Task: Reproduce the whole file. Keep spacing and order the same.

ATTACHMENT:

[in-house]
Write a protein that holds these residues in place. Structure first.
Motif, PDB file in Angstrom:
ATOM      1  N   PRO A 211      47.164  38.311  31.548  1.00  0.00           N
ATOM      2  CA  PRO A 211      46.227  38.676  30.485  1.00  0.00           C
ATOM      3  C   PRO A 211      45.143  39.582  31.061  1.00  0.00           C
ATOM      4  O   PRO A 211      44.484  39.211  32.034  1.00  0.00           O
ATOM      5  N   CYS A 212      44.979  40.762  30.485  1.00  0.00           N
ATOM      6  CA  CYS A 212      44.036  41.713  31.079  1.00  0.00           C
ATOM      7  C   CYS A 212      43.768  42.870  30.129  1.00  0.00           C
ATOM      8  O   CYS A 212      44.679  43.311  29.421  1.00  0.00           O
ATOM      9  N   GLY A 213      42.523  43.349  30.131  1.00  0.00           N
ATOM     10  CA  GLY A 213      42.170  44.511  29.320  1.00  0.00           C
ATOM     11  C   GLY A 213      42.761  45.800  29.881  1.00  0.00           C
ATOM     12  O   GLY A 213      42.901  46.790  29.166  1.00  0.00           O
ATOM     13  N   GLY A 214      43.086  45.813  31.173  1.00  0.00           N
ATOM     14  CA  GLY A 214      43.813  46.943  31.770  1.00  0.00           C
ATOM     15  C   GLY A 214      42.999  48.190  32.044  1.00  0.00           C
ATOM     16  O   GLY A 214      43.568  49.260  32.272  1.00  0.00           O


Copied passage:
[in-house]
Write a protein that holds these residues in place. Structure first.
Motif, PDB file in Angstrom:
ATOM      1  N   PRO A 211      47.164  38.311  31.548  1.00  0.00           N
ATOM      2  CA  PRO A 211      46.227  38.676  30.485  1.00  0.00           C
ATOM      3  C   PRO A 211      45.143  39.582  31.061  1.00  0.00           C
ATOM      4  O   PRO A 211      44.484  39.211  32.034  1.00  0.00           O
ATOM      5  N   CYS A 212      44.979  40.762  30.485  1.00  0.00           N
ATOM      6  CA  CYS A 212      44.036  41.713  31.079  1.00  0.00           C
ATOM      7  C   CYS A 212      43.768  42.870  30.129  1.00  0.00           C
ATOM      8  O   CYS A 212      44.679  43.311  29.421  1.00  0.00           O
ATOM      9  N   GLY A 213      42.523  43.349  30.131  1.00  0.00           N
ATOM     10  CA  GLY A 213      42.170  44.511  29.320  1.00  0.00           C
ATOM     11  C   GLY A 213      42.761  45.800  29.881  1.00  0.00           C
ATOM     12  O   GLY A 213      42.901  46.790  29.166  1.00  0.00           O
ATOM     13  N   GLY A 214      43.086  45.813  31.173  1.00  0.00           N
ATOM     14  CA  GLY A 214      43.813  46.943  31.770  1.00  0.00           C
ATOM     15  C   GLY A 214      42.999  48.190  32.044  1.00  0.00           C
ATOM     16  O   GLY A 214      43.568  49.260  32.272  1.00  0.00           O